In the summer of 2014, he really blew it, passing on a $1.06 million player option. Big risk and it didn’t work out. It was his last game in the NBA. Off he went as a basketball vagabond, playing in Shanxi, China; Konya, Turkey; Dubai and finally, after a torn ACL, Abadan in Iran.
He spoke to an Ohio reporter in March after scoring 31 points in 32 minutes for Lakeland in a G-League match-up. He talked about how his stint in Iran, where he dropped 35 pounds, had made him “hold myself accountable.”
“I’m just doing everything I can to get this call-up and get this second chance,” the 7-foot Mullens said, talking about a possible 10-day deal. “I look at it as a second chance to show I’m a new player. I took a lot of stuff for granted as a young guy. But now I’m 29 and kind of in my prime. Everything’s kind of coming together for me. I got to thank God.”
His G-League numbers were indeed solid, even if he only played 11 games: 19.6 points, 11.0 rebounds, 2.7 assists and a 3-point shooting percentage of 41.1. And he destroyed the Long Island Nets twice, the first time a 27-point, 16-rebound, and three-block night; then in the next-to-last game of the regular season, he helped kill Long Island’s playoff hopes with 18 and 12. He took both the G-League’s player of the week and month honors.
Here’s the highlights of the 27/16/3 game.
Mullens obviously has a lot of prove but as that video shows, he can shoot from deep, run the court and now, finally, seems to have the motivation needed.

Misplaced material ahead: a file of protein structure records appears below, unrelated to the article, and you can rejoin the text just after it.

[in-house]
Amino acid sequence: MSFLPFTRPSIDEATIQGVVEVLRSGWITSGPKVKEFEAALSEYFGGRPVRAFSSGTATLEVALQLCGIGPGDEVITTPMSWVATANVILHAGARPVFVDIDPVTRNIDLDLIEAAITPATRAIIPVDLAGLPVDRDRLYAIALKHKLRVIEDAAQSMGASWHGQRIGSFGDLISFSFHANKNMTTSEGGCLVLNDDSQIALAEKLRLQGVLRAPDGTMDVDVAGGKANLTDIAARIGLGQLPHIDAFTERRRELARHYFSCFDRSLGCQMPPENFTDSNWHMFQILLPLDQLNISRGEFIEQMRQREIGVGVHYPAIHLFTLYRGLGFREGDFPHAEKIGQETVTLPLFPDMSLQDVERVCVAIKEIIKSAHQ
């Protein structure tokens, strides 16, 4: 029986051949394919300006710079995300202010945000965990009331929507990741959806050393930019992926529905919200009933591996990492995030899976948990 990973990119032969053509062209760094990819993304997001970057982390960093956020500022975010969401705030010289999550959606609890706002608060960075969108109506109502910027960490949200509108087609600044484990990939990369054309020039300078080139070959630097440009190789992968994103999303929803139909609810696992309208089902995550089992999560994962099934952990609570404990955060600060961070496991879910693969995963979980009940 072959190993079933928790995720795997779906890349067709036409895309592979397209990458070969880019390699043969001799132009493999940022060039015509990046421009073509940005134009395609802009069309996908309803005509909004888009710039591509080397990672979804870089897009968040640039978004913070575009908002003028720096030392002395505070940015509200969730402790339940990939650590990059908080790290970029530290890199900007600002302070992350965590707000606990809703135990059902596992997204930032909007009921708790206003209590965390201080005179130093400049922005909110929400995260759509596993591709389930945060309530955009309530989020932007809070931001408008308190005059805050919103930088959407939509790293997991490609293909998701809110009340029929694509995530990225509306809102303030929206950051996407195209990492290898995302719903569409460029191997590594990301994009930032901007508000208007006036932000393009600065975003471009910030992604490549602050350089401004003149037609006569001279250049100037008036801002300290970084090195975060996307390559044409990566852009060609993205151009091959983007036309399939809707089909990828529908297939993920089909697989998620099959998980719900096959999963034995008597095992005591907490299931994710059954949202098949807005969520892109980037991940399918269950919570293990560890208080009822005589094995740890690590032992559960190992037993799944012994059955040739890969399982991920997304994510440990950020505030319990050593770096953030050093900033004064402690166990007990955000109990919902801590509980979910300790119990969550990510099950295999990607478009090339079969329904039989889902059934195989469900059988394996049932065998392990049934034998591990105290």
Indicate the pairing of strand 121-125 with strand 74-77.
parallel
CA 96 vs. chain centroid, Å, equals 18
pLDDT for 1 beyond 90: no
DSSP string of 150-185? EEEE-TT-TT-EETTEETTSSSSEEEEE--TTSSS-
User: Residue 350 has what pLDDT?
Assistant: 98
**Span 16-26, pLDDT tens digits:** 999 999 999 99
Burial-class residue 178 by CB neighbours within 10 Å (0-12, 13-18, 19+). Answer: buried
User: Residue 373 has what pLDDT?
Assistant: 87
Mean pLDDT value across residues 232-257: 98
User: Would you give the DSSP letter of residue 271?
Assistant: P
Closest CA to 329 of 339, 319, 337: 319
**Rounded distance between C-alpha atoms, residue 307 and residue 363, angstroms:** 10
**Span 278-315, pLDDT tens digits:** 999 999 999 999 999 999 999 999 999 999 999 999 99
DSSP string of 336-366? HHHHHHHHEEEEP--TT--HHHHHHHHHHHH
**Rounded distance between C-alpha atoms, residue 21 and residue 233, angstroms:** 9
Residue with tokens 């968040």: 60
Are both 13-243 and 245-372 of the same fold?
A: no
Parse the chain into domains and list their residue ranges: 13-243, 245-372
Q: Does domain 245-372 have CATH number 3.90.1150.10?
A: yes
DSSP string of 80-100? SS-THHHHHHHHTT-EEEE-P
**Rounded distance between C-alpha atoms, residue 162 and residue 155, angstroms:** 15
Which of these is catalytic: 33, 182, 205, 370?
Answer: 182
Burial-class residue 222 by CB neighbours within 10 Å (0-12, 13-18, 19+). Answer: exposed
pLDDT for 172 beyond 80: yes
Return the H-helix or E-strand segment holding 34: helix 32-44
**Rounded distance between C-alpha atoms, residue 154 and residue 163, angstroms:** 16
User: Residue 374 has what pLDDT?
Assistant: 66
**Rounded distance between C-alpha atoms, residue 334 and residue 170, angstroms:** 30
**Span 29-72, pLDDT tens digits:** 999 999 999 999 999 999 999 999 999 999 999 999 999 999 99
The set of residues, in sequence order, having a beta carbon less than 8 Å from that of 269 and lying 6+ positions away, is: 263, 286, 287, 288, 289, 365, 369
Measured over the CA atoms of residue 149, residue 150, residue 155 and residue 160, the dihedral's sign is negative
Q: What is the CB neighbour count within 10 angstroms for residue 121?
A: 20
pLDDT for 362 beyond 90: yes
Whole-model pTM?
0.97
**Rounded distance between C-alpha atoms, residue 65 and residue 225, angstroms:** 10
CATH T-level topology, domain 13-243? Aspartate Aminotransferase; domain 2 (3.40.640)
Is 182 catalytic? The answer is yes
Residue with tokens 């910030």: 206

There were other interesting players in mini-camp as well. Kyle Fogg, a 28-year-old Arizona product who finished fourth in scoring in the Chinese league at 35.8, just behind MarShon Brooks. He had four games of 50 plus, including a 58-point game. And his sidekick on the Guangzhou Long-Lions, Semaj Christon, averaged 27.8.
But considering the Nets needs — and their once-great potential — Johnson and Mullens look like the best bets. We shall see.
Draft Workouts Begin
The Nets don’t disclose which prospects they have in for workouts, but here and there, you get pretty good hints of who and what they’re looking at. Last year, they worked out around 60 college and European players believing they would have three picks, the 22nd, 27th and 57th. This year should be about the same with Brooklyn (currently) picking at Nos. 29, 40 and 45.